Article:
I have a bit more room to explain my ideas on this blog and, obviously, I work in regional legacy media so my view is slanted towards that segment of the industry. However, everything I talked about at the SoE is already being done by other companies – some are recognisably in the content creation business, others perhaps not so much – and they are making money.  These are emerged opportunities but parts of the mainstream have’t cottoned on to that yet. So, these were the themes I chose to talk about:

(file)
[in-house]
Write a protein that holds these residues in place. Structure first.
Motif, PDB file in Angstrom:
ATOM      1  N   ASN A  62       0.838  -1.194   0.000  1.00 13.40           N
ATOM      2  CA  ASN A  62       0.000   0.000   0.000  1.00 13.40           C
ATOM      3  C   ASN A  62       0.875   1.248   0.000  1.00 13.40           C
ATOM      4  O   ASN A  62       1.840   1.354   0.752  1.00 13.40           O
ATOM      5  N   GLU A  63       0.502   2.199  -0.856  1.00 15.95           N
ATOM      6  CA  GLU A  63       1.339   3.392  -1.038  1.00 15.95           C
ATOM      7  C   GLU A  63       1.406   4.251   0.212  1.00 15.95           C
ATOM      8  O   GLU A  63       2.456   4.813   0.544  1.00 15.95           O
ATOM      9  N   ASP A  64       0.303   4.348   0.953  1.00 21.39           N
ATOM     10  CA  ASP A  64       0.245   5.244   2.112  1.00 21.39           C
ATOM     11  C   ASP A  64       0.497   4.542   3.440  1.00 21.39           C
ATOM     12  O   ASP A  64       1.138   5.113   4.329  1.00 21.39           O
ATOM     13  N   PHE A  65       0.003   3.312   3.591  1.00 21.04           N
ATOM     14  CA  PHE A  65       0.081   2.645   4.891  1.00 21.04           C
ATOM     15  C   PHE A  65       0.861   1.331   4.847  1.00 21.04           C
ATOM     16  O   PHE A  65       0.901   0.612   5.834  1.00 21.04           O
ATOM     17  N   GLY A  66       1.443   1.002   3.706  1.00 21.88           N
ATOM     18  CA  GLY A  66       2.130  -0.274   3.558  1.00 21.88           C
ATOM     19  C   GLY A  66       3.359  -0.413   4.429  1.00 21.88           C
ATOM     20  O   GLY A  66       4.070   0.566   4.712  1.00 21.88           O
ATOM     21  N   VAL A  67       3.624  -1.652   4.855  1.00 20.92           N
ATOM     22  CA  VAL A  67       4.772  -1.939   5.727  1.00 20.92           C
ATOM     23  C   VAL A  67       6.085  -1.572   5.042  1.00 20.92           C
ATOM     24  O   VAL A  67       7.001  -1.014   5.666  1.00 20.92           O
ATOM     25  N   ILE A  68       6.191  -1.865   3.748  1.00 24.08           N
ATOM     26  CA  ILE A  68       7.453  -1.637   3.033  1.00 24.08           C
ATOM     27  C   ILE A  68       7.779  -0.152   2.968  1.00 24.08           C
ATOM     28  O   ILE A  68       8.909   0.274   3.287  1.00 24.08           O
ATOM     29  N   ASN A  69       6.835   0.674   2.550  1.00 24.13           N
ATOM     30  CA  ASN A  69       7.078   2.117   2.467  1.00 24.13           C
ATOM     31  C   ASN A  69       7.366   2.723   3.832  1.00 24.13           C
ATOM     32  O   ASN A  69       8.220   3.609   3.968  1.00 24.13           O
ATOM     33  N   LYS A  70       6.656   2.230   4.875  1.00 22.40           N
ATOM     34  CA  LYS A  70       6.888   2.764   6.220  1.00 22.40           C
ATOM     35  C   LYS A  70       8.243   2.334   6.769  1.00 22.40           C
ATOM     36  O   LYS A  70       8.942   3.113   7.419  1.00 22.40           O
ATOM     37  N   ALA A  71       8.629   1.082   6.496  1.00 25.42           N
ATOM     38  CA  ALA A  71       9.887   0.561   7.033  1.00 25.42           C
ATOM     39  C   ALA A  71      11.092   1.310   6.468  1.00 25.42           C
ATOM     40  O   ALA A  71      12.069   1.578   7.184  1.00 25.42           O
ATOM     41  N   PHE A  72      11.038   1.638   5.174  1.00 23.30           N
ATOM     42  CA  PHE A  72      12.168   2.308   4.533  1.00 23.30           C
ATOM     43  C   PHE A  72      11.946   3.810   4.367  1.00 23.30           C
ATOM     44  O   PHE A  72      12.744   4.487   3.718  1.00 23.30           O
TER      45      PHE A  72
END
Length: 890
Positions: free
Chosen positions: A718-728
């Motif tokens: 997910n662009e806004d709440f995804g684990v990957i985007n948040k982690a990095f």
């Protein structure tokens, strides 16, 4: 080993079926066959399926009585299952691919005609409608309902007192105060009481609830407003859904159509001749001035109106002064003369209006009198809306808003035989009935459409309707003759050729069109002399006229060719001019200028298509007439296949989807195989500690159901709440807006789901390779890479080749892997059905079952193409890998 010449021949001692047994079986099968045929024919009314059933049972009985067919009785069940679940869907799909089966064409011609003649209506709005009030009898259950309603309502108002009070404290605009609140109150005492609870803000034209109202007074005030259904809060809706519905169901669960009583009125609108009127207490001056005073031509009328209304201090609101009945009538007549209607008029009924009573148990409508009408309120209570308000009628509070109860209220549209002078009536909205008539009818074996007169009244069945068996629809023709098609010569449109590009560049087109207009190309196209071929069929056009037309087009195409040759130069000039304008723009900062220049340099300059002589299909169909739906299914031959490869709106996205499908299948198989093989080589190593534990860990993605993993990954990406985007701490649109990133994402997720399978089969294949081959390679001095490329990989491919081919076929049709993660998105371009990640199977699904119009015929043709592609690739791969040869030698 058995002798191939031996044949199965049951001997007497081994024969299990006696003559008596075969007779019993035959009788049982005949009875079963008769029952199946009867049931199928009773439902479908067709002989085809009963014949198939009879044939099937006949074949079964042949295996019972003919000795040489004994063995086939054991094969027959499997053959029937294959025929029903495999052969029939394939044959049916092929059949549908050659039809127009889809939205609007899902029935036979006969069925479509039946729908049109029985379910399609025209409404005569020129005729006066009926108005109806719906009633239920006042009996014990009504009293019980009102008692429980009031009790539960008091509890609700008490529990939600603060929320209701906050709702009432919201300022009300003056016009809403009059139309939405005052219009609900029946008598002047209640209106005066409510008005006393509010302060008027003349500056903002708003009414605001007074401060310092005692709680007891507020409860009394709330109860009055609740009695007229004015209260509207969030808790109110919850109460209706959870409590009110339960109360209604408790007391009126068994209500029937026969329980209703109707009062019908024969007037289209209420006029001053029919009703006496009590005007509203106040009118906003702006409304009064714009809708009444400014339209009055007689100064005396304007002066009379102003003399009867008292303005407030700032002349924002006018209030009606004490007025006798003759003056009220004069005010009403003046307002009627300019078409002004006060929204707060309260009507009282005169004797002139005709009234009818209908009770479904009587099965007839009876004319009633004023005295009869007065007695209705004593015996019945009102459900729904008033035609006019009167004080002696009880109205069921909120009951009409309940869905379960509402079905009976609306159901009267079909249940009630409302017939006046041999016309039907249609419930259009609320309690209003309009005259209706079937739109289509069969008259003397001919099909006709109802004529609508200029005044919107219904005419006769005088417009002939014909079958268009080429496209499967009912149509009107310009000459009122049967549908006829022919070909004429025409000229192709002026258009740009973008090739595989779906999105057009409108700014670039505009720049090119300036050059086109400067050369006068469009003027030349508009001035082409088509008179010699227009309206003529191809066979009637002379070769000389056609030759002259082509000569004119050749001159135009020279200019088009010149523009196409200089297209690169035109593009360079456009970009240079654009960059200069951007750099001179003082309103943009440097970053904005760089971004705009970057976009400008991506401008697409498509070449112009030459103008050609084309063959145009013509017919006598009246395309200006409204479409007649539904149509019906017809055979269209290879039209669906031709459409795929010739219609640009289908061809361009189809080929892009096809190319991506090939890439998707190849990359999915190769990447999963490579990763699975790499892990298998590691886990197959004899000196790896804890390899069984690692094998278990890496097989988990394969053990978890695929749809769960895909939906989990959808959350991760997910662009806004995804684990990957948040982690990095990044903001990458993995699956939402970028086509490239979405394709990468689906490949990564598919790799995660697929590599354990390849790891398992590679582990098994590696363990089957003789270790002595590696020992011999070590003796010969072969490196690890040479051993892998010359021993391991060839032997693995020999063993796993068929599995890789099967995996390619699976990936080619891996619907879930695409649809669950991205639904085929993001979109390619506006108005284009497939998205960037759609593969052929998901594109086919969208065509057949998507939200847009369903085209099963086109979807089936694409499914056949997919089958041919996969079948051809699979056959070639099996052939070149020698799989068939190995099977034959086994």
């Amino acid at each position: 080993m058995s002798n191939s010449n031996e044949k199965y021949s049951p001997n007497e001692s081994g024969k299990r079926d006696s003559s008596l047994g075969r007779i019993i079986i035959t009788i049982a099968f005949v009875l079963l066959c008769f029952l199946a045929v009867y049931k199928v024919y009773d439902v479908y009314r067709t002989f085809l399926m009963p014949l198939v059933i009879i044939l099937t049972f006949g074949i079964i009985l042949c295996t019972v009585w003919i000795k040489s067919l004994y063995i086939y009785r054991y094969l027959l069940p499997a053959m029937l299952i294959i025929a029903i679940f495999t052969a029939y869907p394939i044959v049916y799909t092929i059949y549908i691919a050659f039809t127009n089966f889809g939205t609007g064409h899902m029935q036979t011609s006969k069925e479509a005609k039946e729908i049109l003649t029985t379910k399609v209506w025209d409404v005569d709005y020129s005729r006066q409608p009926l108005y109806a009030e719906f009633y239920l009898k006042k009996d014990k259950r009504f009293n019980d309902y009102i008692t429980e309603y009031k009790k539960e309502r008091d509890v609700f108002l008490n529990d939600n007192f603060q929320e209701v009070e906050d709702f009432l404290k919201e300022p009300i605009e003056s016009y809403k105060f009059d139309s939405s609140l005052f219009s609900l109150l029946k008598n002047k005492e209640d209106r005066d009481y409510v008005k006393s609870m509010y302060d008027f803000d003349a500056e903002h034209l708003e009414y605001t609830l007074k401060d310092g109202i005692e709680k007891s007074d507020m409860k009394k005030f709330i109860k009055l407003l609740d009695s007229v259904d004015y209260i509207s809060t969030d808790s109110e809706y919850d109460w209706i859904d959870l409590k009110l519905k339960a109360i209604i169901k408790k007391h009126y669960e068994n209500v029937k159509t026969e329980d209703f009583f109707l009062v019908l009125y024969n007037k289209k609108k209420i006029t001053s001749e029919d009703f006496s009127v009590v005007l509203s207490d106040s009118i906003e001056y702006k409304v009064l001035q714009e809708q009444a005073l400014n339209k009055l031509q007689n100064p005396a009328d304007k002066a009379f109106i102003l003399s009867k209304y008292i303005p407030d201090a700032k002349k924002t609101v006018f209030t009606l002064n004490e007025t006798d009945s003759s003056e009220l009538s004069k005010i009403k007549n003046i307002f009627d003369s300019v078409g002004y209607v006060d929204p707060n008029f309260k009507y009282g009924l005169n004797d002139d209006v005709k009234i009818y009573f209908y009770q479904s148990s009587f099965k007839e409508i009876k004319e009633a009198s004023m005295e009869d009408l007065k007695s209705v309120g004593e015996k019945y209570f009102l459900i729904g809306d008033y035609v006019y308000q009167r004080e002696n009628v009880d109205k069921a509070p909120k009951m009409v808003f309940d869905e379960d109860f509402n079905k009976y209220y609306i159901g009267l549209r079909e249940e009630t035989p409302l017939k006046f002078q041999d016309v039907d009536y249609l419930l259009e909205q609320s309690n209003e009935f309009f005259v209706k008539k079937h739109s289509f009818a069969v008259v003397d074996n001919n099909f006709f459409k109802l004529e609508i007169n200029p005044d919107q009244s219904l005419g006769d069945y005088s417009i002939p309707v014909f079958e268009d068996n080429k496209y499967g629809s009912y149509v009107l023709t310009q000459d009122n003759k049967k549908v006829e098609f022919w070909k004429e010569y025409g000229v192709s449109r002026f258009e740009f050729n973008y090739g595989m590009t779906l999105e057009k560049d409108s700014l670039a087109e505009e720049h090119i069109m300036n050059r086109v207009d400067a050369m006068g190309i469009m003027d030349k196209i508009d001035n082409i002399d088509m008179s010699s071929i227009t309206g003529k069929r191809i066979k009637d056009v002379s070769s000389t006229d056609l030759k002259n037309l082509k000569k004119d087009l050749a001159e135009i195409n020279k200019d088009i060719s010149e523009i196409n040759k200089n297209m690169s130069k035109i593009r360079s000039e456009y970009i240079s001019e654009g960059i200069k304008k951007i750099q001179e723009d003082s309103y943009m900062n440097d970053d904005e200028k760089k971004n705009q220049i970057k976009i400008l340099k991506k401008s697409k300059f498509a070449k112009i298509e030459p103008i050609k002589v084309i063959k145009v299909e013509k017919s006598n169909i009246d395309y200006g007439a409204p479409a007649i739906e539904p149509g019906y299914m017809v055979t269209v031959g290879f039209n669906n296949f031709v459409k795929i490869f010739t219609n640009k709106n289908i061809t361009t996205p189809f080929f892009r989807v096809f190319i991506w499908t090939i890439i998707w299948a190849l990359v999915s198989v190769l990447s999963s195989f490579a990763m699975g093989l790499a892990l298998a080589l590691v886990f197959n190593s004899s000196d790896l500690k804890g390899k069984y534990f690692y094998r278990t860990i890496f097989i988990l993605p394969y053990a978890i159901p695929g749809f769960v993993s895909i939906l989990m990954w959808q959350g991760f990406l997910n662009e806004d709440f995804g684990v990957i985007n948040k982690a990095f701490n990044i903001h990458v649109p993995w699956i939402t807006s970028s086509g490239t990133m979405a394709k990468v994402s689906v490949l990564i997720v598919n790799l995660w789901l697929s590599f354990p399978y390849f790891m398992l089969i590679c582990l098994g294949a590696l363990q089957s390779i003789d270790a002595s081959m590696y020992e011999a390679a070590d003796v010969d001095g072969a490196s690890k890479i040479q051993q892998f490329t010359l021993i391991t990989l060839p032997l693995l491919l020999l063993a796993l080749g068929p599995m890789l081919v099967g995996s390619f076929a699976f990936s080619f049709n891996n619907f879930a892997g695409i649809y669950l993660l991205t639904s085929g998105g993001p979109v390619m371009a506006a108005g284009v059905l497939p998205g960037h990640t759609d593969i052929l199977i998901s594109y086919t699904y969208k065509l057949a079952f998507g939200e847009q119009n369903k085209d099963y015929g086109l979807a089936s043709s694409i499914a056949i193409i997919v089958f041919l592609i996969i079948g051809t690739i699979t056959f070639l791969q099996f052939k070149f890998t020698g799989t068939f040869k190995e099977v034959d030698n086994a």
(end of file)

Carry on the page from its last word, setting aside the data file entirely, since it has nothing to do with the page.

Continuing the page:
1. Data and the roles of journalist/developer: Twenty years ago, I would go on a job with a photographer and between us we would tell the story using our own choice of media, which were blended to enhance reader experience. A posh way of saying, I did words, the toggie did pix, and the end result was a content package that was greater than the sum of its parts.  In Trinity Mirror we have the data unit, where facts, figures and whole paragraphs of exposition are enhanced by developer coding skills to create entirely new pieces of content. Like the WWI search widget, for example. A standalone story, with data and visuals, that through existing brought in new stories as readers explored the data, discovered new things, and shared them. Of course, you can be your own developer, just as you can be your own photographers. I just think that the dynamic will see developers and reporters working closely in mainstream newsrooms in the future, just as we have always done with photographers and sub editors.